Quietly, over the last two years, the Liberal Democrats have been putting candidates into place in key target constituencies . There were more than 300 in total before this week’s general election call, and many of them have been there for a year or more. And they’ve been selected under new procedures adopted at Lib Dem Spring Conference in 2016, designed to deliberately promote the diversity of candidates in winnable seats

This includes mandating all-women shortlists when selecting candidates who are replacing sitting MPs, similar rules in our strongest electoral regions. In our top 10 per cent of constituencies, there is a requirement that at least two candidates are shortlisted from underrepresented groups on every list. We became the first party to reserve spaces on the shortlists of winnable seats for underrepresented candidates including women, BAME, LGBT+ and disabled candidates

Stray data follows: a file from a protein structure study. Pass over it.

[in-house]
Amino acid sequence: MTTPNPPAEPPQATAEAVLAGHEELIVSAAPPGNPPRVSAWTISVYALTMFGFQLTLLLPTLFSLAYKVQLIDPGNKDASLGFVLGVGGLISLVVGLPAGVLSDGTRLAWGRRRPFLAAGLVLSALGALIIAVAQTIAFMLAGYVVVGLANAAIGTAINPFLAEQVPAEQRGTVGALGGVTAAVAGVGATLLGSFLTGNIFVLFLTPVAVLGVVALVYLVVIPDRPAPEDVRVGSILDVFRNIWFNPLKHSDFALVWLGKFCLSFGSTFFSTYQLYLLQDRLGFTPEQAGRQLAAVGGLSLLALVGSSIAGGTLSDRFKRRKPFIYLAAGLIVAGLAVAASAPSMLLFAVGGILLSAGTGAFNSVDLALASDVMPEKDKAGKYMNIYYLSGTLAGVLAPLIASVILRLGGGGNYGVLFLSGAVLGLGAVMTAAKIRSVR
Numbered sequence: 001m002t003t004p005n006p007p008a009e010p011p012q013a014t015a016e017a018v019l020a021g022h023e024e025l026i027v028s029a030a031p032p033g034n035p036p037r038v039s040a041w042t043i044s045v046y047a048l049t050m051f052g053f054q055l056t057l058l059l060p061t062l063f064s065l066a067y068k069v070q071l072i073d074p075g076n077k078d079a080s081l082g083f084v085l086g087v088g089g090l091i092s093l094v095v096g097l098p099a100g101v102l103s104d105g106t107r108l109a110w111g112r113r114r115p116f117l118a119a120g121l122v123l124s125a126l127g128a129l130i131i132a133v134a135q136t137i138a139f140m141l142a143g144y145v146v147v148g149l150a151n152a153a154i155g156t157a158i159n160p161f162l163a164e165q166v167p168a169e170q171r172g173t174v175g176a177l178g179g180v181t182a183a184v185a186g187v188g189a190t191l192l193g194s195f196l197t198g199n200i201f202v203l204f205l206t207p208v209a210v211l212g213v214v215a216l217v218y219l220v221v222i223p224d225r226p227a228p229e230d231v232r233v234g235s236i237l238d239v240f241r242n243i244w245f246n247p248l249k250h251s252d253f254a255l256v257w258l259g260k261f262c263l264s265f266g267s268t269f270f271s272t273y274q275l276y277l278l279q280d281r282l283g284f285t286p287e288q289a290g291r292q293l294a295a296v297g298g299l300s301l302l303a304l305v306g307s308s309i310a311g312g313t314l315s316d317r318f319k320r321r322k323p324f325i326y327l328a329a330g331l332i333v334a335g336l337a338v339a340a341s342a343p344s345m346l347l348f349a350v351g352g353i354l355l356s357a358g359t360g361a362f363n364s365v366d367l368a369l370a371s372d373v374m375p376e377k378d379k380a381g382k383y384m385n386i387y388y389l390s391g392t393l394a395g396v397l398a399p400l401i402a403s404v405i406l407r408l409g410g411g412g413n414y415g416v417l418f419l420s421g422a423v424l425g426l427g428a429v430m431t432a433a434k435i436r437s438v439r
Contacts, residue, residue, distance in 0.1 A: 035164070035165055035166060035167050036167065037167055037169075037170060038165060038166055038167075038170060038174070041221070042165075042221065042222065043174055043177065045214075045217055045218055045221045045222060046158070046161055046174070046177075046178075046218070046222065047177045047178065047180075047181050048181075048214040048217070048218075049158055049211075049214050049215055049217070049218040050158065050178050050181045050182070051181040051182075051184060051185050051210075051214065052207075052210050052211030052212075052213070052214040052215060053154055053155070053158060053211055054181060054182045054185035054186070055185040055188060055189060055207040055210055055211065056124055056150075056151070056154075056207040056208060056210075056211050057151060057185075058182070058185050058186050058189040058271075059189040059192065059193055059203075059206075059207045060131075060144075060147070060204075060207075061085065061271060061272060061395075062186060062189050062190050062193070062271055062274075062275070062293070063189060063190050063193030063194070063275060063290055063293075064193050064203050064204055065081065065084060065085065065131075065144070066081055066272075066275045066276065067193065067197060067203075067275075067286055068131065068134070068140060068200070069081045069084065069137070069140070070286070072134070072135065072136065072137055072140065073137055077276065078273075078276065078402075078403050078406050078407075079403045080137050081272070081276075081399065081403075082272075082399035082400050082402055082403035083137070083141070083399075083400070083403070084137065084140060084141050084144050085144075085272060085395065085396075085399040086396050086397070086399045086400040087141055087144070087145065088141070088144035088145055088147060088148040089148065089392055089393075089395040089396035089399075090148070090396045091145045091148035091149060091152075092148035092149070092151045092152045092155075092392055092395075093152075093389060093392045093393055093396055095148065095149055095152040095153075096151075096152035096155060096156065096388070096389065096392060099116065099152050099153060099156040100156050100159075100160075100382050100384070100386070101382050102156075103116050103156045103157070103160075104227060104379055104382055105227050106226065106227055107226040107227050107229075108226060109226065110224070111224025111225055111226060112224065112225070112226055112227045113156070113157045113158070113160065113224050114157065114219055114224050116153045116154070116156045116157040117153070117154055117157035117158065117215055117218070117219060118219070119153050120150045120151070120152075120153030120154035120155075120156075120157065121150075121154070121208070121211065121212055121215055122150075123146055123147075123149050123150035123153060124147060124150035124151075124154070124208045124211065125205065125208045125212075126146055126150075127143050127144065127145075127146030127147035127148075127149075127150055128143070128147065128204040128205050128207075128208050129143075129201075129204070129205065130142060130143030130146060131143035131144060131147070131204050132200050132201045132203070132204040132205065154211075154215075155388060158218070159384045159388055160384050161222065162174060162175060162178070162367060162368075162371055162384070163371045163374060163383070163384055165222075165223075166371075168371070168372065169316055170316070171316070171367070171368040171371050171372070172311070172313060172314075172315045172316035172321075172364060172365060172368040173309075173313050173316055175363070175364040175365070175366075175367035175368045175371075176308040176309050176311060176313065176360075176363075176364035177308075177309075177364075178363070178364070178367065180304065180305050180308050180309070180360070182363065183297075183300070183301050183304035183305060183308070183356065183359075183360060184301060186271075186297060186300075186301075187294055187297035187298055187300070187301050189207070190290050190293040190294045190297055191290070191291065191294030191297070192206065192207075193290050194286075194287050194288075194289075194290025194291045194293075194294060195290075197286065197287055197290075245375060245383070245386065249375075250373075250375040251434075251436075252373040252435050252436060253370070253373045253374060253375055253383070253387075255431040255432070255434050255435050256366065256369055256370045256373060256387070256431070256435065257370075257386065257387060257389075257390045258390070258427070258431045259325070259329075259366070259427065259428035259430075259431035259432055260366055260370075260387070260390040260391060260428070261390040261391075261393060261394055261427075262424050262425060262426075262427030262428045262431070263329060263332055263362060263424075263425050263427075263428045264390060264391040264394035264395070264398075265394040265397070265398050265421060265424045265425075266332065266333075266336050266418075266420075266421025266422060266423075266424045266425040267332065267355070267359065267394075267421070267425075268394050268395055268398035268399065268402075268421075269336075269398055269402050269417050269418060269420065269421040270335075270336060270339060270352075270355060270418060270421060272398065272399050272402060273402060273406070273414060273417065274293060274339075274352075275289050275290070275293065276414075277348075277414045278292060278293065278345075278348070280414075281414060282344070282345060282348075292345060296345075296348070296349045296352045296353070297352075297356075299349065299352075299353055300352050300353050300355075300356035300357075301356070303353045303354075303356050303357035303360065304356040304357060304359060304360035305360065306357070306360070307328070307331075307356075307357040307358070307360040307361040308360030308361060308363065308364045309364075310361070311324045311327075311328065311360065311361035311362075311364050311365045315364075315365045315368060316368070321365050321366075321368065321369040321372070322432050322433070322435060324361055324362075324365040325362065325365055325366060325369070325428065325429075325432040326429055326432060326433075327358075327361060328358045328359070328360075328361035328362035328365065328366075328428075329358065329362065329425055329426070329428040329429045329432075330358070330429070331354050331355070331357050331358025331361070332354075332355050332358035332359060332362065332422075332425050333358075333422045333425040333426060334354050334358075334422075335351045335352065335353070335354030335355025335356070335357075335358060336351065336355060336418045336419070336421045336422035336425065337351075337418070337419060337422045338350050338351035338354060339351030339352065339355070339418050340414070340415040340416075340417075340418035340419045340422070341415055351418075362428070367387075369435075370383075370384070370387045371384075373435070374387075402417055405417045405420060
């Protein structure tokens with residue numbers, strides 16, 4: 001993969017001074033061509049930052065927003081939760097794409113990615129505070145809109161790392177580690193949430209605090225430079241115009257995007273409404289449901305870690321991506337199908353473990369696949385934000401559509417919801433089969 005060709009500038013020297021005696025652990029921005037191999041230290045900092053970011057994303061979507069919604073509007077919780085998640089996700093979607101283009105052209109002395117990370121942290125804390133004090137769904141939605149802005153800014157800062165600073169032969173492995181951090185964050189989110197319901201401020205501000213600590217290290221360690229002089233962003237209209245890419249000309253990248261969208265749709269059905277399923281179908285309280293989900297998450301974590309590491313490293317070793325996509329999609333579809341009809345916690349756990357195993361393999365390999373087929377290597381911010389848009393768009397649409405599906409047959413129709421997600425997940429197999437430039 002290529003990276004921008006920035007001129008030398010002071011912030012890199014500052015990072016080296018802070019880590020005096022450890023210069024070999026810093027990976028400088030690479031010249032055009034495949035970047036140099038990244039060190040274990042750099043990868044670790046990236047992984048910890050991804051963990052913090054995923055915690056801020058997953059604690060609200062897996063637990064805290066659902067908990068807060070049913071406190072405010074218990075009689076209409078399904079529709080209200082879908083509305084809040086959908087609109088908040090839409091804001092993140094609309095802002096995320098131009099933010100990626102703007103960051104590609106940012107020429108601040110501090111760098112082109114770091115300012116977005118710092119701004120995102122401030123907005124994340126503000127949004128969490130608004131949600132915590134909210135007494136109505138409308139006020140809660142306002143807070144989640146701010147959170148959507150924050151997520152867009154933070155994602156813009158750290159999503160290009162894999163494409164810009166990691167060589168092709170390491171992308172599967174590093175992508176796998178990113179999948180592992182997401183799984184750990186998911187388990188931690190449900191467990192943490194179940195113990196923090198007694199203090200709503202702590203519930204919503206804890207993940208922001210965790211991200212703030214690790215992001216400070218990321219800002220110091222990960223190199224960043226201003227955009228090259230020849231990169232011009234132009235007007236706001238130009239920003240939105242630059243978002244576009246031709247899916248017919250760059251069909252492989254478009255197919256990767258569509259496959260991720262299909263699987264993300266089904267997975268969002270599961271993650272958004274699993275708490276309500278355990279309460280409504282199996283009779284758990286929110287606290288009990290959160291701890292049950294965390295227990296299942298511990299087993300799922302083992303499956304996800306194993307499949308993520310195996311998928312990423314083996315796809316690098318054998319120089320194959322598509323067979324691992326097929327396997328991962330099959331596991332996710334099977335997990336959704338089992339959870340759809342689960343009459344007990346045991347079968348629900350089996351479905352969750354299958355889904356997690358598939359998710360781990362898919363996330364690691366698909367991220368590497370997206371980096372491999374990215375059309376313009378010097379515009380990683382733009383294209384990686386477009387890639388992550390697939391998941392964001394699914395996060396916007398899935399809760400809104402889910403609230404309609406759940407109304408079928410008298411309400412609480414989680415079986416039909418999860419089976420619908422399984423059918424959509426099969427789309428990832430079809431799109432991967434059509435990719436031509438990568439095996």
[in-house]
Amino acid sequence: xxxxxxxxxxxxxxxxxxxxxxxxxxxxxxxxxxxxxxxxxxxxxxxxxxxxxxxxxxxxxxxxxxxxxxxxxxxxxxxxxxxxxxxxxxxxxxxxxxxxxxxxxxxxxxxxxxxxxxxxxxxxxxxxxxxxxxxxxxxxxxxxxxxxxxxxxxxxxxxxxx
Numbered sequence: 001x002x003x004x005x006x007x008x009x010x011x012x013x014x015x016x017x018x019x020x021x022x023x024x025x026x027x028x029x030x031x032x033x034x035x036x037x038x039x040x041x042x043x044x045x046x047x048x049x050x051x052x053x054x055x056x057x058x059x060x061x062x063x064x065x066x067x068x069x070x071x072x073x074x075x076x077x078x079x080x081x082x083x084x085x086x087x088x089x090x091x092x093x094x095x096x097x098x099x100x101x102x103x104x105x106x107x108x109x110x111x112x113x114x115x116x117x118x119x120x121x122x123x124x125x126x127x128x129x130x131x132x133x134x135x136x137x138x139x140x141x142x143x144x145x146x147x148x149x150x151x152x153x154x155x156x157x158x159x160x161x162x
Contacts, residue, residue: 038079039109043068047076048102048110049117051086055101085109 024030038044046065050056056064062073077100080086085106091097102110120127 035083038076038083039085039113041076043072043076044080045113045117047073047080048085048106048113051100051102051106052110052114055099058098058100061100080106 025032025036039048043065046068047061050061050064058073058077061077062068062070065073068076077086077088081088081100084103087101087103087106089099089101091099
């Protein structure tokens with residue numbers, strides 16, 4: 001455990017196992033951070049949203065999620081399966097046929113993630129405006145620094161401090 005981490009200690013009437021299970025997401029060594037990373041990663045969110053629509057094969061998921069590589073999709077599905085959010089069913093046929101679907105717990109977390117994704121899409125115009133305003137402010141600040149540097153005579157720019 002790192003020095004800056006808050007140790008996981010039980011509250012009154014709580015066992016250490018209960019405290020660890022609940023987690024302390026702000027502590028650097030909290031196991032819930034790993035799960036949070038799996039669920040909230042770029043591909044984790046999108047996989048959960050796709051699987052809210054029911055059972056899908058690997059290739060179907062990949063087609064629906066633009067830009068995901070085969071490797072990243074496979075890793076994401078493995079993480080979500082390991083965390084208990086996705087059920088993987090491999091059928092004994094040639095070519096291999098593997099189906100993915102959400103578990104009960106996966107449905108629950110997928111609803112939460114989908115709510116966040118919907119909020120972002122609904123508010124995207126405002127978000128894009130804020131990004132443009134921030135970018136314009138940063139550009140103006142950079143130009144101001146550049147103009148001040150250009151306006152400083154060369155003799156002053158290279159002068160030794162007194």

It’s not going to be perfect - the hugely welcome return of Lib Dem grandees like Vince Cable, Ed Davey and Julian Huppert to their old stomping grounds will strengthen the party but not our gender imbalance. But excluding those former MPs coming back to the fray, every top 20 target constituency bar one has to date selected a female candidate.

Equality (together with liberty and community) is one of the three key values framed in the preamble to the Lib Dem constitution. It’s a relief that after this election, the Liberal Democratic party in the Commons will reflect that aspiration rather better than it has done in the past.

Richard Morris blogs at A View From Ham Common, which was named Best New Blog at the 2011 Lib Dem Conference